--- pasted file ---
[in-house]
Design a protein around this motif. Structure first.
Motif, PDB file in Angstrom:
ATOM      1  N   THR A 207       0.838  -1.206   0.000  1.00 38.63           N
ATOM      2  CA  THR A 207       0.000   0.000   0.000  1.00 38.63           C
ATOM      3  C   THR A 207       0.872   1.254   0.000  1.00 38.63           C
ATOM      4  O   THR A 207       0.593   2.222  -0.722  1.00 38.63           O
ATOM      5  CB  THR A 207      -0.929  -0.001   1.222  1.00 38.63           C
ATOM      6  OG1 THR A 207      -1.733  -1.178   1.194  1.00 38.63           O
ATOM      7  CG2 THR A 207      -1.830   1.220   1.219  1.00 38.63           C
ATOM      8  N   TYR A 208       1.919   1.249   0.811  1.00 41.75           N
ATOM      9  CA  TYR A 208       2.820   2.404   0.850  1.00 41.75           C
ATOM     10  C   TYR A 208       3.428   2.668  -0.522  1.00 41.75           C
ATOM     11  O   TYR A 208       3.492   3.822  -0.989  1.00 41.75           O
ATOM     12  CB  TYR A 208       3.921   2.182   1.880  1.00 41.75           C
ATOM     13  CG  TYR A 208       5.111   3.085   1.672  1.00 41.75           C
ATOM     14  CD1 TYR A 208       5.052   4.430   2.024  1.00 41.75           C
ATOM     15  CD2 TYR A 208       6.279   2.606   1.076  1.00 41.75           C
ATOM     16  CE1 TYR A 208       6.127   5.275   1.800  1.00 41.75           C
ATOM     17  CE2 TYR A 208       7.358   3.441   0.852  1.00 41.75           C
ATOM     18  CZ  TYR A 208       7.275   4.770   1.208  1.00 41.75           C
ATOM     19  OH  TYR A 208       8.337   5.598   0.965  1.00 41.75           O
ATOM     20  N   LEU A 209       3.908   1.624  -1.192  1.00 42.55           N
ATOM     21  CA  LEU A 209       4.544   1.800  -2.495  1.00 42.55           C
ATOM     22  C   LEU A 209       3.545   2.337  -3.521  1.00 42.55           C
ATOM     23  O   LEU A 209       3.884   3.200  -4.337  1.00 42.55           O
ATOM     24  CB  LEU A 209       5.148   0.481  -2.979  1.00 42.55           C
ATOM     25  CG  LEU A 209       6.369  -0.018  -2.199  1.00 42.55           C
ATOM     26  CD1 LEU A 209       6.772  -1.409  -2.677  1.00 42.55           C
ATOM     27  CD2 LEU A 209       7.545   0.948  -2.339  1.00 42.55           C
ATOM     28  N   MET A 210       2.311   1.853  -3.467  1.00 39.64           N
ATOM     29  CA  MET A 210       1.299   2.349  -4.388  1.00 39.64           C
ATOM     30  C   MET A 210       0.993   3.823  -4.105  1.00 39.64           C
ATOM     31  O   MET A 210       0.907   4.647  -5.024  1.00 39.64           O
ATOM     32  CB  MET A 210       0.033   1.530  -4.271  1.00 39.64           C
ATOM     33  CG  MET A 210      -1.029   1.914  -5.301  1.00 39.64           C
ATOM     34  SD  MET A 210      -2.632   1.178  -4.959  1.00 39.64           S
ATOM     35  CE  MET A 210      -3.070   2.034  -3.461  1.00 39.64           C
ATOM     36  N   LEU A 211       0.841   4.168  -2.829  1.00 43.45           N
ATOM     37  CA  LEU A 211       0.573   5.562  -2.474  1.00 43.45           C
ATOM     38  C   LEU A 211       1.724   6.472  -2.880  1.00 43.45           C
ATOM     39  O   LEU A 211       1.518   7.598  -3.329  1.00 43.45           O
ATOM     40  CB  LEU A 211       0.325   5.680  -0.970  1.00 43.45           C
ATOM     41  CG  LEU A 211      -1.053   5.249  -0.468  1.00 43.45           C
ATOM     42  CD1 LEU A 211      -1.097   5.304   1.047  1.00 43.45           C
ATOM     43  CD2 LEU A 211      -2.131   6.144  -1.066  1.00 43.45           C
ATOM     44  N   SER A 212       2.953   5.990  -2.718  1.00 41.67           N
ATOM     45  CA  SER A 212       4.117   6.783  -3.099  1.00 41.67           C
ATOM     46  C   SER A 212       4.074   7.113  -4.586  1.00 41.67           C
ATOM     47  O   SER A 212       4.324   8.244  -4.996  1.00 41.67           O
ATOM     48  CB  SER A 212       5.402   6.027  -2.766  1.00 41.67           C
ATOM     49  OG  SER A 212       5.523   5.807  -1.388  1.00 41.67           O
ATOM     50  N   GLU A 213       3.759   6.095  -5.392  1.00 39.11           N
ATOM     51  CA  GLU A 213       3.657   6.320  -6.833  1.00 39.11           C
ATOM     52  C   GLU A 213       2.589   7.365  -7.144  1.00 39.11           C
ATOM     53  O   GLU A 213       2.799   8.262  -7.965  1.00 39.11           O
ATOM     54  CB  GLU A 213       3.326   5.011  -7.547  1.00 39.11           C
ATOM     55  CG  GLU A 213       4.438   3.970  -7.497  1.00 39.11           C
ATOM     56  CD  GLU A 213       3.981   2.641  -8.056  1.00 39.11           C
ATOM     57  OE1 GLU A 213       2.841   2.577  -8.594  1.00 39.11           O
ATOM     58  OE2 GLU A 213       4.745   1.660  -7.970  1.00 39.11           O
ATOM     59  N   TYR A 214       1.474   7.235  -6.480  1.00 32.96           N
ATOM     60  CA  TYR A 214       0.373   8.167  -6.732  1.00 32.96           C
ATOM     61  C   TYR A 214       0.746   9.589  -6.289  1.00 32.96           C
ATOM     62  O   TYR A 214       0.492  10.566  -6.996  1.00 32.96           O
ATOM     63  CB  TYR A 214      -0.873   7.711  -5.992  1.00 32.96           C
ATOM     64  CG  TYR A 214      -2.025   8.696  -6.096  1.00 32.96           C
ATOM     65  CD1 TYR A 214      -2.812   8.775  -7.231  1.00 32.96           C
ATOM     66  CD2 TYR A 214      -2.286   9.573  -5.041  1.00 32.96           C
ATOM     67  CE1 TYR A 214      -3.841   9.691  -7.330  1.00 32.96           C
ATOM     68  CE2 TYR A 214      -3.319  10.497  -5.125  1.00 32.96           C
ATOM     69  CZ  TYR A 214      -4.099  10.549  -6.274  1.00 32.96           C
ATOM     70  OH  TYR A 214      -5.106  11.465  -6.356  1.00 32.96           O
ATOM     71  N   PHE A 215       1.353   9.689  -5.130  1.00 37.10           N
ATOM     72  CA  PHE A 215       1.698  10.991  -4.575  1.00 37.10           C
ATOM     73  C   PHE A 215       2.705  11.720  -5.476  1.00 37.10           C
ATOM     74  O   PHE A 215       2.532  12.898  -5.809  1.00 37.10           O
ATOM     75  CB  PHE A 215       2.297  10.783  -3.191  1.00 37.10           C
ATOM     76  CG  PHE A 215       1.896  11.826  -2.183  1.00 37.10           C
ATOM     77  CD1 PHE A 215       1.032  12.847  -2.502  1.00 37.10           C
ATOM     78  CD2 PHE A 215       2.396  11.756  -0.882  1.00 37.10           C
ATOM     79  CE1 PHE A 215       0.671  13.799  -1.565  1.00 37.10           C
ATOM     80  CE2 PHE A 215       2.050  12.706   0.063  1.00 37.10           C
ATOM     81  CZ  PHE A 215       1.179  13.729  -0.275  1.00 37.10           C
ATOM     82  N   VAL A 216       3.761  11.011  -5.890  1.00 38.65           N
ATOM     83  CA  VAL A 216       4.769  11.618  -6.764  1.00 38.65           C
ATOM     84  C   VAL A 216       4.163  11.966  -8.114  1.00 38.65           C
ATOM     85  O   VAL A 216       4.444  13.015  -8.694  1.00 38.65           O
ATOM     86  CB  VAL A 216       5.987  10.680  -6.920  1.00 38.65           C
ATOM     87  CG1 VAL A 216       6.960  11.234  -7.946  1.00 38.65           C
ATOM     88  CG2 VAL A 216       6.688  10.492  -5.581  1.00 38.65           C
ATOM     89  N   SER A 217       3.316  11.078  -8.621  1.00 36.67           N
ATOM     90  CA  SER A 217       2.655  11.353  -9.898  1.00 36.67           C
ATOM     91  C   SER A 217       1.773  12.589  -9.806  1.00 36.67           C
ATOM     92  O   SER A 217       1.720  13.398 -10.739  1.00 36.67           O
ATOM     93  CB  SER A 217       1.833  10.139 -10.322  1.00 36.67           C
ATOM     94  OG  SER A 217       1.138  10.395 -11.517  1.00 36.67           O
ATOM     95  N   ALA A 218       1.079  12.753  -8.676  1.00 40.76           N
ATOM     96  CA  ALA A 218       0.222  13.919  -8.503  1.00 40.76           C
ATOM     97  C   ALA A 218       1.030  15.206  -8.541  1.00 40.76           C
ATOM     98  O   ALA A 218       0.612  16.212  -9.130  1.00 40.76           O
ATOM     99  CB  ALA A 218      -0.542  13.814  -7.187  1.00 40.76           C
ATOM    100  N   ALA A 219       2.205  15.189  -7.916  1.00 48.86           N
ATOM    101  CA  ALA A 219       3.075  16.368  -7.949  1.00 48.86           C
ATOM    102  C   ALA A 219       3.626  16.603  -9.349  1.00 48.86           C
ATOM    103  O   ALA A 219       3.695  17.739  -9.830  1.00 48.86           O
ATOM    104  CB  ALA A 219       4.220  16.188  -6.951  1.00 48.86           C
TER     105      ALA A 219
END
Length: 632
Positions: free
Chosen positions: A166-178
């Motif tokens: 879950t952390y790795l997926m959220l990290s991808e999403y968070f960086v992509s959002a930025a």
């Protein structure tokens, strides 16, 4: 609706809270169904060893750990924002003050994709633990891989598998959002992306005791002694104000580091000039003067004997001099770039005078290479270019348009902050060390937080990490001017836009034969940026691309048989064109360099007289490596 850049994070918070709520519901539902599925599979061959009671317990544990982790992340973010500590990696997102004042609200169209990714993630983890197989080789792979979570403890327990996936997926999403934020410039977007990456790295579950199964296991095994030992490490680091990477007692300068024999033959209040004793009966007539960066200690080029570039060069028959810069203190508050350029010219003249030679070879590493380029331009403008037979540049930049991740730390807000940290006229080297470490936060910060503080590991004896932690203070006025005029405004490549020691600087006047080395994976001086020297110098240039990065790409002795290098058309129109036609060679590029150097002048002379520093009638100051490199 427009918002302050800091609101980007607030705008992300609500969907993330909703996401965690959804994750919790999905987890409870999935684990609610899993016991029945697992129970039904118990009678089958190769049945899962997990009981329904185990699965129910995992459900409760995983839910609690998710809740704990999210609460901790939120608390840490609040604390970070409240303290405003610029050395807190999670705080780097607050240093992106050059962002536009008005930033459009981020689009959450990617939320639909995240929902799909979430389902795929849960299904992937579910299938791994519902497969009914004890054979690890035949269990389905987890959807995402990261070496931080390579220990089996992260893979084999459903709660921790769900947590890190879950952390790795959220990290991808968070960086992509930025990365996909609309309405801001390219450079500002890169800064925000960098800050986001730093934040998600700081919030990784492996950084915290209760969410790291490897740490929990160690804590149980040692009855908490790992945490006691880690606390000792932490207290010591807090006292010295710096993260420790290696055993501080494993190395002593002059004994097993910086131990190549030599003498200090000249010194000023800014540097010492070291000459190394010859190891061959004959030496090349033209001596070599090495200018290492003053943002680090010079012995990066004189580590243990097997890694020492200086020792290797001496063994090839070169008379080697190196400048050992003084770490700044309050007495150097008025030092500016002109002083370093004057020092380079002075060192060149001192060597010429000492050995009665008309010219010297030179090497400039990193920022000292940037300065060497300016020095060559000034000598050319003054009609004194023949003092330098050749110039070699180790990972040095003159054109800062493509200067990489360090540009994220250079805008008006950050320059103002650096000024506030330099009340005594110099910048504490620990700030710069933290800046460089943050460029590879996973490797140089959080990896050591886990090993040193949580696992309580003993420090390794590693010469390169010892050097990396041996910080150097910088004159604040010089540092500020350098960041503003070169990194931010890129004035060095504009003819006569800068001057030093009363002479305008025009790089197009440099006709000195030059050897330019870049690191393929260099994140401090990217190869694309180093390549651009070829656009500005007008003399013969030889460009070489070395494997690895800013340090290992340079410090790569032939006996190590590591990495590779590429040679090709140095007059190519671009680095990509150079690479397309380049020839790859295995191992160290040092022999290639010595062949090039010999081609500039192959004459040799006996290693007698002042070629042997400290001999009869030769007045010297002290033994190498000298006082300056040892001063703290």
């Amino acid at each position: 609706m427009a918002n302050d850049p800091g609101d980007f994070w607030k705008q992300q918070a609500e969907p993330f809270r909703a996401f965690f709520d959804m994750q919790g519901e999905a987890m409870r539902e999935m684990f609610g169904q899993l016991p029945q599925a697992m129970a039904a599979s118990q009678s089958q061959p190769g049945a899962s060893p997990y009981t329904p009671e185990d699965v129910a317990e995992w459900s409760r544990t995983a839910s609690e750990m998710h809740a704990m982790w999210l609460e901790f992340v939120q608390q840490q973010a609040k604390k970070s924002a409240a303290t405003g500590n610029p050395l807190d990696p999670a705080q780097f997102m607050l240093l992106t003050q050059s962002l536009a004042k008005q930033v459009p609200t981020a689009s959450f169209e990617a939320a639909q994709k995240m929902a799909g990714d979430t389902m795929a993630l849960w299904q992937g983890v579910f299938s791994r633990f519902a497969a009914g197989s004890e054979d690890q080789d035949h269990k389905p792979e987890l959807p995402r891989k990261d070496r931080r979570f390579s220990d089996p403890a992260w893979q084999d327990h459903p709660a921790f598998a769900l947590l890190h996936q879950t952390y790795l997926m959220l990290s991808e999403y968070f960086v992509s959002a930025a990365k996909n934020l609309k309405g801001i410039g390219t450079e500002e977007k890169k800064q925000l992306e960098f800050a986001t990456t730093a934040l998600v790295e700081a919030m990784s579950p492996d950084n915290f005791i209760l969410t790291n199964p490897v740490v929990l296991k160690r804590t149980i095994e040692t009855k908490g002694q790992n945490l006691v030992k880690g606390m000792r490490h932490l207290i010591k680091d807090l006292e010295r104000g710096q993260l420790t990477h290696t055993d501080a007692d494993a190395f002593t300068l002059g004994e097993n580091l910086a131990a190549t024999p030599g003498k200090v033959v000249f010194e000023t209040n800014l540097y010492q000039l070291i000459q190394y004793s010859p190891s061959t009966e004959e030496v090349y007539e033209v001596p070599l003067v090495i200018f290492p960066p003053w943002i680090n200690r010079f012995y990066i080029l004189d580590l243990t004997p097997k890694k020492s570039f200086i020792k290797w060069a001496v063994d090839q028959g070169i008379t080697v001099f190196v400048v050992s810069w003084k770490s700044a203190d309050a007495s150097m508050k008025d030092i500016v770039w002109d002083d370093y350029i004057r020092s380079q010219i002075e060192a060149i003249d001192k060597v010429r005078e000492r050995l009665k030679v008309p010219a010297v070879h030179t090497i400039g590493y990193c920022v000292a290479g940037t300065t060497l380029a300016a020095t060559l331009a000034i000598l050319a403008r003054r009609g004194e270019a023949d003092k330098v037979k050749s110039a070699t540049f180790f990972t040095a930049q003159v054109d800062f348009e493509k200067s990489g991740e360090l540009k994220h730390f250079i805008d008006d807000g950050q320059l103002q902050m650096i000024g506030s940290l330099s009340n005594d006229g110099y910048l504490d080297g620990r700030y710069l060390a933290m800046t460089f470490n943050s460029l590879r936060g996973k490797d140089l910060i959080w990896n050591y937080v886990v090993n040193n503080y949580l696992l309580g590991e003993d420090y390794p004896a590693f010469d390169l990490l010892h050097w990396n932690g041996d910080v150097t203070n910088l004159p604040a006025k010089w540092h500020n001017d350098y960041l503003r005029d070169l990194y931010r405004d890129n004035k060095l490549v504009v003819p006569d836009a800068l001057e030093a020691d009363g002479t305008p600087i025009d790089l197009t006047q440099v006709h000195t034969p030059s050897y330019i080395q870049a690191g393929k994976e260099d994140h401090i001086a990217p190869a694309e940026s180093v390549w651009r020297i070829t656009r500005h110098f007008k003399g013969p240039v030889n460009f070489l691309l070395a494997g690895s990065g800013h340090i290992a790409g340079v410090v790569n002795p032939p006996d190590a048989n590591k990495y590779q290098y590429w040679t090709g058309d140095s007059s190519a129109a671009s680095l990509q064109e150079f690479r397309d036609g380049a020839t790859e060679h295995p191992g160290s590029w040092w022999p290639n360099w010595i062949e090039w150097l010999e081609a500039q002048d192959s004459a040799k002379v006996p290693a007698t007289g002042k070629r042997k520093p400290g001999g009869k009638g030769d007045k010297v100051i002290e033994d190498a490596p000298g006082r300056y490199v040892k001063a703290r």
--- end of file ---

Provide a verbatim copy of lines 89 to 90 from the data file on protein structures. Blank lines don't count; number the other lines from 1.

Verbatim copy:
ATOM     86  CB  VAL A 216       5.987  10.680  -6.920  1.00 38.65           C
ATOM     87  CG1 VAL A 216       6.960  11.234  -7.946  1.00 38.65           C